Juror #26 was struck by the defense. He told the could he had seen the video of George Floyd's death a few times "on the news" and commented that unrest in the Twin Cities had both a negative and positive effect on the community. In his questionnaire, he said he "started to relate to the event."
Questioning began for juror #27 before lunch, described by the court pool reporter as a Black male. He told the court he came to the United States 14 years ago, and has lived in Minnesota since 2012. His questioning will continue after a lunch break.
A fourth juror has been seated as of 10 a.m. Wednesday. Juror #20 is a younger man who said he has a very favorable view of Black Lives Matter, but also said he would be more likely to believe the word of a law enforcement officer over a casual bystander.
Juror #20 is also scheduled to be married May 1, and both attorneys and Judge Peter Cahill asked him how much of a hardship rescheduling the wedding would be.
"(We) have something beautiful planned but it's in your guy's hands," juror #20 replied.
Court proceedings opened Wednesday with a motions hearing, as will be the practice throughout the trial. Derek Chauvin's attorney Eric Nelson revealed that he has confirmed with the attorneys of the three other former officers charged in the case that they will not testify in Chauvin's trial. The move is not entirely surprising, since Tou Thao, J Alexander Kueng and Thomas Lane have a 5th Amendment right not to self-incriminate, but this confirms there will not be a "surprise scenario" in which the former officers testify against Chauvin in his trial.
KARE 11's Lou Raguse reports that other motions Wednesday addressed what kind of testimony certain witnesses can give. Judge Peter Cahill ruled that Donald Williams, one of the most vocal people in the group that watched the death of George Floyd, can testify about his mixed-martial arts training and experience.
Williams told investigators he has knowledge of "blood chokes," which he believed was happening to George Floyd when Chauvin's knee was on his neck. Williams also believes Chauvin used a move called a "shimmy," rocking back and forth to secure the "blood choke."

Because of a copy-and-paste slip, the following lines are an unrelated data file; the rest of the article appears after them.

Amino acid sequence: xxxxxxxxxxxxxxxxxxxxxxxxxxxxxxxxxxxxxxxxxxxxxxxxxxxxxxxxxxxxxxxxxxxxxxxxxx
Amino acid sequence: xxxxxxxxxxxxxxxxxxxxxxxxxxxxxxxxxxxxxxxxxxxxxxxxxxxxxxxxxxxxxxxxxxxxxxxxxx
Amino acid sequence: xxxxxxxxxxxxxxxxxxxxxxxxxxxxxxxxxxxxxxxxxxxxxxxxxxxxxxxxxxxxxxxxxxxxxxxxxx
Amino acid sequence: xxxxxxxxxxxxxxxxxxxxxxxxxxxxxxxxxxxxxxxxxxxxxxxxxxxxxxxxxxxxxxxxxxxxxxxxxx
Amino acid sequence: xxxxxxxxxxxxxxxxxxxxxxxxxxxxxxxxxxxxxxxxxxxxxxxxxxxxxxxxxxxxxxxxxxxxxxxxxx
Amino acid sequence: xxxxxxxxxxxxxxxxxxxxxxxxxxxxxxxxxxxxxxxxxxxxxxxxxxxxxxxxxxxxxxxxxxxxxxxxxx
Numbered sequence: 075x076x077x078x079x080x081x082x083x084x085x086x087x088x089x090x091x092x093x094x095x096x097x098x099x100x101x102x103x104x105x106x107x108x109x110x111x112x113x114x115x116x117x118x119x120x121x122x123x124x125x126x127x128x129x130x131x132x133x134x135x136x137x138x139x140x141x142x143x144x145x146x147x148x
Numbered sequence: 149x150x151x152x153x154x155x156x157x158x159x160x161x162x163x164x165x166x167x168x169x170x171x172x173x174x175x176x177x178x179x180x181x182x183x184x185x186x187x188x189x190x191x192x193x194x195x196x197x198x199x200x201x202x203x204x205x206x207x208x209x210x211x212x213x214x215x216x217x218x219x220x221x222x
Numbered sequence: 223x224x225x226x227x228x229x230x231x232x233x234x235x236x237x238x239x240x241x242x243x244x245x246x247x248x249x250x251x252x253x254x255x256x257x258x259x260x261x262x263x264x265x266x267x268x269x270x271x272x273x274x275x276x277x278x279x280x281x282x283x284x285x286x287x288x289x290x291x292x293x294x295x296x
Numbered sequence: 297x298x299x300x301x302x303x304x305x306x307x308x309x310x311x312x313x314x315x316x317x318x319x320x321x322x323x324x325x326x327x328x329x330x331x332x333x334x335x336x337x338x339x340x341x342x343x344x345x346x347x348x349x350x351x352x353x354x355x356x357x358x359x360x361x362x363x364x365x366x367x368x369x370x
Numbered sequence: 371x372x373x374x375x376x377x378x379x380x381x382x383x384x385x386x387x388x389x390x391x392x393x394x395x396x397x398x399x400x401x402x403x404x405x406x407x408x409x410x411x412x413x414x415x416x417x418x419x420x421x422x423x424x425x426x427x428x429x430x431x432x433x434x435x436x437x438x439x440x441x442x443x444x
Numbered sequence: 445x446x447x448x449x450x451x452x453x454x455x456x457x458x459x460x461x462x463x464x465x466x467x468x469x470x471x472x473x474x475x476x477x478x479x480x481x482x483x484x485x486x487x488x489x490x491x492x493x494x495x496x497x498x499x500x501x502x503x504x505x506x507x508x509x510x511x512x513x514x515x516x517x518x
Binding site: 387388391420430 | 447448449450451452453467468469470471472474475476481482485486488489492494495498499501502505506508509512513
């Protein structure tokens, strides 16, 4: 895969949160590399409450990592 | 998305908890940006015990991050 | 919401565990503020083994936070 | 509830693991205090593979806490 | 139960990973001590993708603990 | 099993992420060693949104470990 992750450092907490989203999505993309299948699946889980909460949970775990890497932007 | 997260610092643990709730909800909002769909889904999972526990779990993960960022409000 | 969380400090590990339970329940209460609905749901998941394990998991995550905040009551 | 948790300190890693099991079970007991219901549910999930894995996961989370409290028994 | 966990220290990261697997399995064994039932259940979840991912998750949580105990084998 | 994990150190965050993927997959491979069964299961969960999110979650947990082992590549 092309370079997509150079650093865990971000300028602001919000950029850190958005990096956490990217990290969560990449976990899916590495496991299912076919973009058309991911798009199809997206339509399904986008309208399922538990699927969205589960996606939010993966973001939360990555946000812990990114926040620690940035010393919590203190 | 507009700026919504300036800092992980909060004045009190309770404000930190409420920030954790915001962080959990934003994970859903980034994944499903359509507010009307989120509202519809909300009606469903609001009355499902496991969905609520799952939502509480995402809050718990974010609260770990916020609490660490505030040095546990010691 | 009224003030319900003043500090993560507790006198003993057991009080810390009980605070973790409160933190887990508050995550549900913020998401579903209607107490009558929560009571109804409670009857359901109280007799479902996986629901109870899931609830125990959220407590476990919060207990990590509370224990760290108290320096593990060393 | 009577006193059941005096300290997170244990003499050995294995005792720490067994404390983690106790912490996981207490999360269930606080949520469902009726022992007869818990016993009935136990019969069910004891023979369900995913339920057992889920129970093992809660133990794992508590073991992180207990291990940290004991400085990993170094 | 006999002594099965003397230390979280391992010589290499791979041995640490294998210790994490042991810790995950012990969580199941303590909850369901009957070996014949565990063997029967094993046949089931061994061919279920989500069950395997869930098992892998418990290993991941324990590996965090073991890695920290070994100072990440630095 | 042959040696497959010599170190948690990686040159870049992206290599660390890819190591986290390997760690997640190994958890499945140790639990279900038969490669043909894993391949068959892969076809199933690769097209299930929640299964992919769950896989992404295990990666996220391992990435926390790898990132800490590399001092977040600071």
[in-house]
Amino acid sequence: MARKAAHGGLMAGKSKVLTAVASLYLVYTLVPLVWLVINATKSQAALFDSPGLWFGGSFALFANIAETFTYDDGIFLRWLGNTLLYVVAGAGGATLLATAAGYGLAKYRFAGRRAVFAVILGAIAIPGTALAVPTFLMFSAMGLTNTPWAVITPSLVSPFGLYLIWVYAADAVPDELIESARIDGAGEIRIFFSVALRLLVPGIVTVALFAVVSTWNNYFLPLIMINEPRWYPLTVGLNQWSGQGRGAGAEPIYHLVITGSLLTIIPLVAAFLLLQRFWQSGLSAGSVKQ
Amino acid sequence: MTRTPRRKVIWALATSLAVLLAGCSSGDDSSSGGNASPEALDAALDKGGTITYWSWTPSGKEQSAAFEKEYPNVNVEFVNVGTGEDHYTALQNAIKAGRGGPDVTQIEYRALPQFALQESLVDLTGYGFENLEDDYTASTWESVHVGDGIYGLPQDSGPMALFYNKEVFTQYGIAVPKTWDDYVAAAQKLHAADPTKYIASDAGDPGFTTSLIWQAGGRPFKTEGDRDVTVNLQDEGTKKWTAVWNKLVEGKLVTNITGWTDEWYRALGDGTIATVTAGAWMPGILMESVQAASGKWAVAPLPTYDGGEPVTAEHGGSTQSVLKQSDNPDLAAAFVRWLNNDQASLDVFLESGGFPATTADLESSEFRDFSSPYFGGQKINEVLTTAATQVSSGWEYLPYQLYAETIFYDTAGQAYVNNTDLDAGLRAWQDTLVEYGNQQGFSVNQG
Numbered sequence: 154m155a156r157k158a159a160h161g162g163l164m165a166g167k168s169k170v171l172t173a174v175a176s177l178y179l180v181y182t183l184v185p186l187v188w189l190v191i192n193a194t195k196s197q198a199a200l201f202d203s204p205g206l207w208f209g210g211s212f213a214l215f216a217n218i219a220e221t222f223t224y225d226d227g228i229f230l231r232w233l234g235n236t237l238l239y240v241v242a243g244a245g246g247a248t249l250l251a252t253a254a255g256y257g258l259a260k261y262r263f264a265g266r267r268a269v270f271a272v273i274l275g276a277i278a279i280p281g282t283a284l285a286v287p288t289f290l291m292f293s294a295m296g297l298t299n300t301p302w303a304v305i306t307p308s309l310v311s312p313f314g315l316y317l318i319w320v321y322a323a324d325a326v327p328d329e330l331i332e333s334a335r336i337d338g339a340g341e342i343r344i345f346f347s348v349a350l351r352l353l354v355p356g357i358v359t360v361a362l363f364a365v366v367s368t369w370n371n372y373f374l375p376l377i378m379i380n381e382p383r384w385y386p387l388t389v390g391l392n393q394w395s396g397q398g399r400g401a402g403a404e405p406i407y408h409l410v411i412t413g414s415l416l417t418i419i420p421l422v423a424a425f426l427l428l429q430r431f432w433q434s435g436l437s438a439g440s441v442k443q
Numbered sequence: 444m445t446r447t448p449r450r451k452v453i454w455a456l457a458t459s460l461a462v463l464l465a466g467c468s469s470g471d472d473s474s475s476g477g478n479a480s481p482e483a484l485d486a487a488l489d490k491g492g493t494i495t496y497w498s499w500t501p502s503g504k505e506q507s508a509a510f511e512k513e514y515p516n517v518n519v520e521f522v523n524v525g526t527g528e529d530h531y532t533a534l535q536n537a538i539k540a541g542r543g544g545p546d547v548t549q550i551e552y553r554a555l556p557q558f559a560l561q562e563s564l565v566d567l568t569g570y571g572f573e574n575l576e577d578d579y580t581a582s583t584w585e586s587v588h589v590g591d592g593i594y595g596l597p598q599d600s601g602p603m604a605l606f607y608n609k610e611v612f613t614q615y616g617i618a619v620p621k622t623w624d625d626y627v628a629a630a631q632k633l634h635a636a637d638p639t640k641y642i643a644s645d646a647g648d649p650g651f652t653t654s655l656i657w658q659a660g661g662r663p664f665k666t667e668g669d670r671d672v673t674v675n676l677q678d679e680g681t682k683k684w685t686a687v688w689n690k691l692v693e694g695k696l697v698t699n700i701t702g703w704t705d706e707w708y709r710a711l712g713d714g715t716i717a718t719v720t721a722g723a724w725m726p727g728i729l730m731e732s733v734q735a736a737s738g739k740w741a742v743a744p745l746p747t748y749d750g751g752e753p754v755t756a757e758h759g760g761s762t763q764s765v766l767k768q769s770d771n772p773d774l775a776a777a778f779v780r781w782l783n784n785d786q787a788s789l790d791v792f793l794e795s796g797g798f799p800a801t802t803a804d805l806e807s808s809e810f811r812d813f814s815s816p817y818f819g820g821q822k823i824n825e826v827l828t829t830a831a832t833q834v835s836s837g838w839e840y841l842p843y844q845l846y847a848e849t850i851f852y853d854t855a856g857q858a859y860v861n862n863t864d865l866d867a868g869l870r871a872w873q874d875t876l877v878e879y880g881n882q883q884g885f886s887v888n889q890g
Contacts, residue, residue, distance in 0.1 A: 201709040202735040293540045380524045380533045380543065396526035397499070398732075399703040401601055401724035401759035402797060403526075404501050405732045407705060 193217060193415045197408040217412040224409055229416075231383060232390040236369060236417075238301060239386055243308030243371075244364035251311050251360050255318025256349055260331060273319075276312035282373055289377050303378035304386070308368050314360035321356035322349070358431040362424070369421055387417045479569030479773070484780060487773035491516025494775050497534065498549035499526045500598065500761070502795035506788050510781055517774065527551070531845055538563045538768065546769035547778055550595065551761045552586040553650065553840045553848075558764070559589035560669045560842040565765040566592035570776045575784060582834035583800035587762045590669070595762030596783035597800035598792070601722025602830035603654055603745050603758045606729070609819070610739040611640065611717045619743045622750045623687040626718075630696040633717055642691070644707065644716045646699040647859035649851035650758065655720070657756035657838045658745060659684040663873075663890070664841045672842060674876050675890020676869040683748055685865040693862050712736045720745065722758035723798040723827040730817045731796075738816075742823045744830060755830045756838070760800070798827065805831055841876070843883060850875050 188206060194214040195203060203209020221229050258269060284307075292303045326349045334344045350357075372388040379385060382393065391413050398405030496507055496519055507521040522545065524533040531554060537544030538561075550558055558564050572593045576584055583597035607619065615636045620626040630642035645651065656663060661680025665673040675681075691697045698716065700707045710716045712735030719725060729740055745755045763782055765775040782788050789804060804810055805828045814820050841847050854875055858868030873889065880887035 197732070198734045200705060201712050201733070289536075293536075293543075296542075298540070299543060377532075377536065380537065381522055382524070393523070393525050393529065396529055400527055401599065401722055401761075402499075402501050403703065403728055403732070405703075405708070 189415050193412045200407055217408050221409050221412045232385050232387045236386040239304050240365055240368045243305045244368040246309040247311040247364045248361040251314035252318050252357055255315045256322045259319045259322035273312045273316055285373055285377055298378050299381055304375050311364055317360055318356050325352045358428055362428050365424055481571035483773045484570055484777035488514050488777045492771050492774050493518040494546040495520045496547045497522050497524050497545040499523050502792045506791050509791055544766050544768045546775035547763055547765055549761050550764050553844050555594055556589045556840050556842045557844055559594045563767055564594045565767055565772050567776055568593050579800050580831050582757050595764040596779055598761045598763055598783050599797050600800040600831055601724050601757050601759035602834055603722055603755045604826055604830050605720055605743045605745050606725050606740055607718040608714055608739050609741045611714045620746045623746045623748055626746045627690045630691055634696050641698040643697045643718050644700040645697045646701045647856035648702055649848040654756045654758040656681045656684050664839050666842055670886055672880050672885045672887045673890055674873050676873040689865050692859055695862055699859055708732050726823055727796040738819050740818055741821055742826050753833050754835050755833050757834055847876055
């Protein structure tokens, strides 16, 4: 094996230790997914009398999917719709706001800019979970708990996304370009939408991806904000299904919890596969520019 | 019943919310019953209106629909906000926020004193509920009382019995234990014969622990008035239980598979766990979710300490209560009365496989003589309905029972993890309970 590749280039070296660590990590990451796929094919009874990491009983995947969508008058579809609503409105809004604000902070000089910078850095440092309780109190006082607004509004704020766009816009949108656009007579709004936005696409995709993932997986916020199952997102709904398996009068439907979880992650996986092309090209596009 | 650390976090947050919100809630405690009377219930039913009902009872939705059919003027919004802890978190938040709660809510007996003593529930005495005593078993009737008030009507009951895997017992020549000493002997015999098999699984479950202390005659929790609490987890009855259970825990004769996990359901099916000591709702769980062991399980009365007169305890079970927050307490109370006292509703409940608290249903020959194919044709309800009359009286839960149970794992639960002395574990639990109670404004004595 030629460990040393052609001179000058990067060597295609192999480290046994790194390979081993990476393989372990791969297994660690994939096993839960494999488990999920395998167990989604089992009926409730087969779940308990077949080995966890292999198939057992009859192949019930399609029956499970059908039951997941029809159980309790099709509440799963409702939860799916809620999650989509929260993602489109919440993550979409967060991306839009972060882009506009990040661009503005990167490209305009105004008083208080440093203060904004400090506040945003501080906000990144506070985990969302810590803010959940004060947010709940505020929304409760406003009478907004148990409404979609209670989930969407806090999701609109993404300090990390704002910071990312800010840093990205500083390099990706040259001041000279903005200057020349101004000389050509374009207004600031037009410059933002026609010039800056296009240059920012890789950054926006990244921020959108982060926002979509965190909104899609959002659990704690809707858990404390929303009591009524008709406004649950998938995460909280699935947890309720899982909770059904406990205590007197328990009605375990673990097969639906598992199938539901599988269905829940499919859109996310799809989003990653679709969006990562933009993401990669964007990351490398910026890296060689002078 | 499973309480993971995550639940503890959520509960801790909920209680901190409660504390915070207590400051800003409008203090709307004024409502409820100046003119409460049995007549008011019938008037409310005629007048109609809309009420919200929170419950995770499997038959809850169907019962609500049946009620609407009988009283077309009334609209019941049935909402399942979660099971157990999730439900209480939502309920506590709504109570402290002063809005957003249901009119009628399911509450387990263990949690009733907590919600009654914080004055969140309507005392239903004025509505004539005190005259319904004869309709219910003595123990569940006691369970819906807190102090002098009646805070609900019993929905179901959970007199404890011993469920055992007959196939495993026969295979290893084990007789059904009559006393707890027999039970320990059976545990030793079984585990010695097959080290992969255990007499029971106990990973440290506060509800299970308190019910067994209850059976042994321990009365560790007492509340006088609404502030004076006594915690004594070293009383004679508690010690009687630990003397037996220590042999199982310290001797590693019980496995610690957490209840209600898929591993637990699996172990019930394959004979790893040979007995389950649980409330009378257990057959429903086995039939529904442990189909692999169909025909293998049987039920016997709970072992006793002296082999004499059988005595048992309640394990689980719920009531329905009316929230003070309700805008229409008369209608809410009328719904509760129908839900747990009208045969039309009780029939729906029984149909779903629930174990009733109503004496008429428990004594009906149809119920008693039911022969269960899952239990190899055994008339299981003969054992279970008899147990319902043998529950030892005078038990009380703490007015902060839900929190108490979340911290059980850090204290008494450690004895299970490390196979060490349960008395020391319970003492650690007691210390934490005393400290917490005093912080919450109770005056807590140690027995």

Judge Cahill ruled that Williams cannot give medical-related opinions about what led to Floyd's death.
The three jurors selected Tuesday are referred to by the judge and attorneys using their juror number instead of their names to protect their identity. Juror #2 and Juror #19 are white men, and Juror #9 is a woman of color from northern Minnesota.
On Tuesday, three jurors were questioned and dismissed, while others were struck due to responses on a pre-trial questionnaire, including some who said they wouldn't be able to set aside their strong views about the case. A total of 14 people will be selected for the jury. Normally a trial would have 16 jurors, 12 people to sit on the jury and four alternates, but the number of alternates has been reduced due to COVID and social distancing concerns.
During questioning of potential jurors, attorneys are able to use peremptory challenges to excuse those they don't want, but they have to have a reason other than the person's race. The opposing council can raise a Batson Challenge if they believe there is not a valid race-neutral reason to dismiss the potential juror.
These jurors have already filled out a questionnaire related to the case. On Monday, the prosecution and defense mutually agreed to dismiss 16 people before anyone was questioned in person.
Judge Peter Cahill, who is presiding over the case, gave some instructions before the in-person questioning began on Tuesday morning, including warning people that they should not post about the trial or about being a potential juror on social media.